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A memristor-based Bayesian machine

Over the past few decades, the performance of machine learning models on various real-world problems has improved significantly. However, training these models, as well as their implementation, still requires a huge amount of energy and computing power.

Therefore, engineers around the world are trying to develop alternative hardware solutions that will run artificial intelligence models more efficiently. This may contribute to their widespread use and increase their sustainability. Some of these solutions are based on memristors, memory devices that can store information without consuming power.

Memristors are electronic components based on nanodevices that limit or regulate the flow of electric current in a circuit, and also register in advance how much energy has passed through it. Because they perform both computation and information storage, these devices can better perform information processing tasks similar to the human brain.

Researchers at Université Paris-Saclay- CNRS, Université Grenoble-Alpes-CEA-LETI,, Sorbonne Université, and Aix-Marseille Université-CNRS have developed a prototype Bayesian machine (i.e. a device based on Bayes' theorem) using memristors. The system they proposed, that was presented in a paper published in Nature Electronics, turned out to be significantly more energy efficient than currently used hardware solutions.

Image of a complete Bayesian machine under an optical microscope

According to Damien Querlioz, one of the researchers who carried out the study: "Artificial intelligence is making major progress today but faces a challenge: its considerable energy consumption. It is now well understood that this consumption comes from the separation, in computers, between computation and memory functions. As artificial intelligence uses a lot of data, it requires a lot of memory, which is costly to access in terms of energy. Our brains are much more energy efficient because the memory functions are integrated as close as possible to the computation functions, and we wanted to reproduce this strategy".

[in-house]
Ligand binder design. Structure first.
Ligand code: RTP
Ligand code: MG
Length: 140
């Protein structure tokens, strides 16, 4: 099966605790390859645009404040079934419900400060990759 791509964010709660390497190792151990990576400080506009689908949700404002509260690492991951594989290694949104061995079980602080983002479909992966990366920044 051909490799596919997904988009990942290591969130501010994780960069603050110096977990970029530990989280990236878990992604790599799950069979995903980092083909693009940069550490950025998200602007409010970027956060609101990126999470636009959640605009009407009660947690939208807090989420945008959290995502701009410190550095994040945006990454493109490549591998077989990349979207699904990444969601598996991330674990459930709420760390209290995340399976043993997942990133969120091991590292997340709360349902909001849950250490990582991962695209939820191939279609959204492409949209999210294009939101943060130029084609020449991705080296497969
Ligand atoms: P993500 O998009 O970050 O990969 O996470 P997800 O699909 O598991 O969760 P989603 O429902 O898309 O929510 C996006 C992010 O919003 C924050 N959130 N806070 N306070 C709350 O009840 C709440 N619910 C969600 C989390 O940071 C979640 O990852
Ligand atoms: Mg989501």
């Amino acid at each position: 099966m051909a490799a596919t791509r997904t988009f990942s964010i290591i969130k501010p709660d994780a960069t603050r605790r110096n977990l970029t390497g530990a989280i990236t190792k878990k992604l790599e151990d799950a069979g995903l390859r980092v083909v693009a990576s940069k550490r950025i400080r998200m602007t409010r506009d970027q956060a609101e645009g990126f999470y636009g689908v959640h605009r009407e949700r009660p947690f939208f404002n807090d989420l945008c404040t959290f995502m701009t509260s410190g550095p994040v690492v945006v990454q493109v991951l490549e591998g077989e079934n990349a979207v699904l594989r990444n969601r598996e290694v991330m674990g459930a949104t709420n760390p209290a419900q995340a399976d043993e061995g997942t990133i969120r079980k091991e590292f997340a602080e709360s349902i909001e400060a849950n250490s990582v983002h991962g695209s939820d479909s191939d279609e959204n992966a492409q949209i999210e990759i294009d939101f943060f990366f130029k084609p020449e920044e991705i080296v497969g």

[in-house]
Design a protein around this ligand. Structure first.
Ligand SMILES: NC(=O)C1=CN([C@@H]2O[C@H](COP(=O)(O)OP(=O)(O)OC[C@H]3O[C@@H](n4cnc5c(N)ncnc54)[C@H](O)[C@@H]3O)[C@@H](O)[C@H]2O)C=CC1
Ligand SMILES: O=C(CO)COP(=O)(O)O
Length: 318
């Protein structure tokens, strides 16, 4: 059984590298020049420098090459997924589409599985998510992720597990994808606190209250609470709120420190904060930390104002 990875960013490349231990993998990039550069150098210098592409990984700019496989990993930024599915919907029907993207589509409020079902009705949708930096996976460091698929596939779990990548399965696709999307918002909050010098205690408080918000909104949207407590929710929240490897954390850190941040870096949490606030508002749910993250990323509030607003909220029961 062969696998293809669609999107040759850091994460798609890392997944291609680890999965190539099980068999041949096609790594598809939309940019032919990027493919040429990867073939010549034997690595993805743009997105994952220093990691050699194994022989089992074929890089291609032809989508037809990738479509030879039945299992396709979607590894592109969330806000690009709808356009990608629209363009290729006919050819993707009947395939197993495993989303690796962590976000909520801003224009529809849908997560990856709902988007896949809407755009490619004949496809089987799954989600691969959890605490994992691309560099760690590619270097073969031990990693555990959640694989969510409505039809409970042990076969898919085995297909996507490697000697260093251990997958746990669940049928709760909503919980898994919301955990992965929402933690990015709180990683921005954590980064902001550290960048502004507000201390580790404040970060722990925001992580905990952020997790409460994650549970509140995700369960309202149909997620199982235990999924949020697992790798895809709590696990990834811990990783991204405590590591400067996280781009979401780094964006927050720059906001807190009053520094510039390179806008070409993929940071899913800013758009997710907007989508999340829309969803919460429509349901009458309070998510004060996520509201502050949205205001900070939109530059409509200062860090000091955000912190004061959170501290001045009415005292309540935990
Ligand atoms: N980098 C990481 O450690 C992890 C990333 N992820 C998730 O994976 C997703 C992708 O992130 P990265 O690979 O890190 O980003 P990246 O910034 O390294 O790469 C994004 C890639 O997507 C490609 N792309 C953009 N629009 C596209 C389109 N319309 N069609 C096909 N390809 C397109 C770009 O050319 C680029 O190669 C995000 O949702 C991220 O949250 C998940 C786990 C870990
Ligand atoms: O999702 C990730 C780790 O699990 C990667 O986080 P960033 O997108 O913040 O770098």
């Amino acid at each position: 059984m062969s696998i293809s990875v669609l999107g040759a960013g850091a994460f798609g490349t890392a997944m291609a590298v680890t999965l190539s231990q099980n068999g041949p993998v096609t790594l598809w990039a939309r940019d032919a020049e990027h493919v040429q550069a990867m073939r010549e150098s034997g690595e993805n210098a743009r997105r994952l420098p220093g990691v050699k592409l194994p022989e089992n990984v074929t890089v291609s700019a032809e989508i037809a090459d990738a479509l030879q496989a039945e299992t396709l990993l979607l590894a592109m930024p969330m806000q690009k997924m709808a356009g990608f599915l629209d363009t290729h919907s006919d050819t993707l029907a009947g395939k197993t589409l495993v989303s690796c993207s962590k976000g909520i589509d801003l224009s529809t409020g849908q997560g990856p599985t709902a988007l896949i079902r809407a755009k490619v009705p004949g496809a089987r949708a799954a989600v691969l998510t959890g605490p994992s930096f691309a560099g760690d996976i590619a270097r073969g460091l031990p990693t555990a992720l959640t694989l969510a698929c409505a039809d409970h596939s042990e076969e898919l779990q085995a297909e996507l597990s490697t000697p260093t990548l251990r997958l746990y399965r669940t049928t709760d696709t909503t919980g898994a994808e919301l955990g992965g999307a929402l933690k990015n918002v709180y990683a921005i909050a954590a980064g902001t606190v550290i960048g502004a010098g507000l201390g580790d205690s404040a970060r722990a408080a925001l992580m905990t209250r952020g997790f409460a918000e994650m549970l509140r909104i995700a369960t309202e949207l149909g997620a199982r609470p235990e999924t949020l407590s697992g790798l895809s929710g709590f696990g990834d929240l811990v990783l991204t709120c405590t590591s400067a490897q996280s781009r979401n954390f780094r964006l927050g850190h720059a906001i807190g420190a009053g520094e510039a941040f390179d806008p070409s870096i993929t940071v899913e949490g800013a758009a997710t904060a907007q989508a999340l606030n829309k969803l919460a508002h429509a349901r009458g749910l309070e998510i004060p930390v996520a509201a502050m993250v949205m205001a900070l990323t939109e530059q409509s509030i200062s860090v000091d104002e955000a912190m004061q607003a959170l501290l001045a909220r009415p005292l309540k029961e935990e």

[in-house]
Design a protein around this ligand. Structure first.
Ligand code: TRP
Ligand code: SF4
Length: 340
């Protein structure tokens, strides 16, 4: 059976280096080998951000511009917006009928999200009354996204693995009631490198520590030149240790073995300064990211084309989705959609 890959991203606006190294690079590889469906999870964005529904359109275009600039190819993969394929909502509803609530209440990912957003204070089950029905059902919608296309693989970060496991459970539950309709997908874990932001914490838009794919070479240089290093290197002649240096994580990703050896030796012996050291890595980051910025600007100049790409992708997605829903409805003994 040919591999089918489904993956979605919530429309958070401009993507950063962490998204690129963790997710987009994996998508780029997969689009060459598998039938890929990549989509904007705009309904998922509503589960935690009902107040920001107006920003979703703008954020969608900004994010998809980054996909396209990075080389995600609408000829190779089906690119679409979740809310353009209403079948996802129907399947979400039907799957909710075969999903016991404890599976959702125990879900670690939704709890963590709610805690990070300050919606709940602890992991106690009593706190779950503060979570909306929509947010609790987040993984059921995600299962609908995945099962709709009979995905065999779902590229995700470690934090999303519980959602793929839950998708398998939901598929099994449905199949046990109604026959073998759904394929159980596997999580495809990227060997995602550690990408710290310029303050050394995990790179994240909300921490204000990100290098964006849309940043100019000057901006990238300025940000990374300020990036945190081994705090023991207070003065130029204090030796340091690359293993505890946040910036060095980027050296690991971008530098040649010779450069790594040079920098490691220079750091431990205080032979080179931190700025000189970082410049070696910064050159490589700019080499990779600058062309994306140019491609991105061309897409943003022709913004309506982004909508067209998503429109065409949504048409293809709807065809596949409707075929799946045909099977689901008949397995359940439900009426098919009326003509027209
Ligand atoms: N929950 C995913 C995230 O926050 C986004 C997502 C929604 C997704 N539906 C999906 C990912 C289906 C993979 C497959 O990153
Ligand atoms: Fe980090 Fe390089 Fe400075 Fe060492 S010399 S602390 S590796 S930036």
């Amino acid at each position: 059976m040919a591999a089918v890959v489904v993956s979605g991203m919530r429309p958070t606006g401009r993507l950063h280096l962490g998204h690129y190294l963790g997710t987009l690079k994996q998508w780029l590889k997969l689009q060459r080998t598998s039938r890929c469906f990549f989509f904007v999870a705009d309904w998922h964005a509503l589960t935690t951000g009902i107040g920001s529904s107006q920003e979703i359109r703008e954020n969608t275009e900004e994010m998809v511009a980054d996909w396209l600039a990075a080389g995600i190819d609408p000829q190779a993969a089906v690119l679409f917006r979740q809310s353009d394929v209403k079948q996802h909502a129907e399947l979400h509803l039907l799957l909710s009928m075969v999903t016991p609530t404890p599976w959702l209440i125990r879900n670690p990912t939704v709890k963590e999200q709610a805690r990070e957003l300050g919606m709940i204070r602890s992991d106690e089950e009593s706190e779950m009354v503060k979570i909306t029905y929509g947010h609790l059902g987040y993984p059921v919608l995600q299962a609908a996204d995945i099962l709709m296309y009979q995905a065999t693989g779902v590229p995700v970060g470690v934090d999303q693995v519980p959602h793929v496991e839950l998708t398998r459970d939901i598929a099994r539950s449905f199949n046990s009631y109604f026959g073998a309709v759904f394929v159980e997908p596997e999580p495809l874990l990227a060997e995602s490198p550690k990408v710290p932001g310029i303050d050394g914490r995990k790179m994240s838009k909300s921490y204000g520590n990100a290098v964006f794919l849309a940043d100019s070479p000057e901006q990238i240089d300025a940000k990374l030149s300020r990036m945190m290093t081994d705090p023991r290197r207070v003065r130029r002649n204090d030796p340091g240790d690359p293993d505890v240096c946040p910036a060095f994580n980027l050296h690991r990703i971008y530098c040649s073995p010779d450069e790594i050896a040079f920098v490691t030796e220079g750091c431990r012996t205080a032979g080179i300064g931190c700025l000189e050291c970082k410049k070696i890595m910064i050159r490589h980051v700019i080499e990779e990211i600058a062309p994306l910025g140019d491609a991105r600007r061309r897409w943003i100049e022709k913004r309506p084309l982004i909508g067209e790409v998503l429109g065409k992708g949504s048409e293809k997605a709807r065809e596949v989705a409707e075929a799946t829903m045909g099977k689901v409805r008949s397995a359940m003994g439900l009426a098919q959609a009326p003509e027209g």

"Until recently, memristors were an emerging technology, and we could not realize complete systems with them," – Querlioz explained. "Now, our team built a Bayesian machine, a small artificial intelligence with memristors. The prototype comprises 2048 hafnium oxide memristors and 30080 silicon transistors (MOSFETs)".

A zoomed-in optical microscopic image of the Bayesian machine on one of its 16 memristor arrays. Photo: Damien Querlioz (CNRS/University Paris-Saclay)

The architecture of the machine is designed by writing Bayes' law in such a way that its implementation is natural according to the principles of distributed memory and stochastic computing, allowing the circuit to function exclusively using local memory and minimal data movement. The researchers use a hybrid complementary metal-oxide-semiconductor/memristor process and prove that the larger machine design is more energy efficient in the practical task of gesture recognition than the standard implementation of Bayesian inference on a microcontroller. It can recognize certain human gestures using thousands of times less power than a traditional hardware solution based on a microcontroller. Also, this Bayesian machine provides instant on/off and is resistant to single failures.

"Most of the research on memristor-based machine learning aims at implementing deep learning," – Querlioz said. "This is, of course, an extremely important goal, as deep learning is so successful today. However, deep learning has some limitations: its results are not explainable, and it does not perform well when little data is available. Here, we chose to implement Bayesian reasoning, an alternative AI approach that does not do well in big data applications where deep learning works so well, but excels in small data situations, and provides fully explainable results".

In the future, the memristor-based Bayesian machine created by this group of researchers could help improve the power efficiency of AI models, as well as potentially inspire the development of other similar solutions. This can be particularly useful for safety-critical applications such as medical sensors and industrial safety monitoring circuits.